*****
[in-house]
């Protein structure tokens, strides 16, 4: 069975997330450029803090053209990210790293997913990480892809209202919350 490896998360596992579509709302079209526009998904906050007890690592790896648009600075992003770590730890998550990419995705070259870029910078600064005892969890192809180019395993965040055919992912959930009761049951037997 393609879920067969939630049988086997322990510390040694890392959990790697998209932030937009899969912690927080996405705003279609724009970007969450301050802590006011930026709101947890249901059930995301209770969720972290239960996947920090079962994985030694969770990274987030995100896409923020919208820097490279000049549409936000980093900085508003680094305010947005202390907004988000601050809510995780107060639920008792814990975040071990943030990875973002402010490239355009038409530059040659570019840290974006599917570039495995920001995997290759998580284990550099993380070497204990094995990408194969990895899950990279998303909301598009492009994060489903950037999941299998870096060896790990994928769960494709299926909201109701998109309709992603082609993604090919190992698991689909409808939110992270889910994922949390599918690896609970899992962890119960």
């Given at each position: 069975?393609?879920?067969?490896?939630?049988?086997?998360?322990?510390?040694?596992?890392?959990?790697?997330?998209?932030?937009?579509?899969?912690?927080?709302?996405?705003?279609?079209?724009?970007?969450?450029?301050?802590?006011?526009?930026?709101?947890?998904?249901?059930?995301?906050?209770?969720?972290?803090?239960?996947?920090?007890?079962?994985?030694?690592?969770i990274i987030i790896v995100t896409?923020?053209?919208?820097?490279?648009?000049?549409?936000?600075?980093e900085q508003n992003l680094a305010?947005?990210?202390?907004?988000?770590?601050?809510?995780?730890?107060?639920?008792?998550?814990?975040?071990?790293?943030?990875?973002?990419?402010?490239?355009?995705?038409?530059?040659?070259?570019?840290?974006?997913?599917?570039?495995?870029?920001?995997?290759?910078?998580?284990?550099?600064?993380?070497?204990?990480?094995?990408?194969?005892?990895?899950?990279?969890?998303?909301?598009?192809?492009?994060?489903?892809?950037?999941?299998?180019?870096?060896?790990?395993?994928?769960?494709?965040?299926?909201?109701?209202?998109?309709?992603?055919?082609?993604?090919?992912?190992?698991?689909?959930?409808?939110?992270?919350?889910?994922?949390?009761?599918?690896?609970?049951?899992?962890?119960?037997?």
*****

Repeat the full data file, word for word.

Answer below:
[in-house]
């Protein structure tokens, strides 16, 4: 069975997330450029803090053209990210790293997913990480892809209202919350 490896998360596992579509709302079209526009998904906050007890690592790896648009600075992003770590730890998550990419995705070259870029910078600064005892969890192809180019395993965040055919992912959930009761049951037997 393609879920067969939630049988086997322990510390040694890392959990790697998209932030937009899969912690927080996405705003279609724009970007969450301050802590006011930026709101947890249901059930995301209770969720972290239960996947920090079962994985030694969770990274987030995100896409923020919208820097490279000049549409936000980093900085508003680094305010947005202390907004988000601050809510995780107060639920008792814990975040071990943030990875973002402010490239355009038409530059040659570019840290974006599917570039495995920001995997290759998580284990550099993380070497204990094995990408194969990895899950990279998303909301598009492009994060489903950037999941299998870096060896790990994928769960494709299926909201109701998109309709992603082609993604090919190992698991689909409808939110992270889910994922949390599918690896609970899992962890119960």
């Given at each position: 069975?393609?879920?067969?490896?939630?049988?086997?998360?322990?510390?040694?596992?890392?959990?790697?997330?998209?932030?937009?579509?899969?912690?927080?709302?996405?705003?279609?079209?724009?970007?969450?450029?301050?802590?006011?526009?930026?709101?947890?998904?249901?059930?995301?906050?209770?969720?972290?803090?239960?996947?920090?007890?079962?994985?030694?690592?969770i990274i987030i790896v995100t896409?923020?053209?919208?820097?490279?648009?000049?549409?936000?600075?980093e900085q508003n992003l680094a305010?947005?990210?202390?907004?988000?770590?601050?809510?995780?730890?107060?639920?008792?998550?814990?975040?071990?790293?943030?990875?973002?990419?402010?490239?355009?995705?038409?530059?040659?070259?570019?840290?974006?997913?599917?570039?495995?870029?920001?995997?290759?910078?998580?284990?550099?600064?993380?070497?204990?990480?094995?990408?194969?005892?990895?899950?990279?969890?998303?909301?598009?192809?492009?994060?489903?892809?950037?999941?299998?180019?870096?060896?790990?395993?994928?769960?494709?965040?299926?909201?109701?209202?998109?309709?992603?055919?082609?993604?090919?992912?190992?698991?689909?959930?409808?939110?992270?919350?889910?994922?949390?009761?599918?690896?609970?049951?899992?962890?119960?037997?």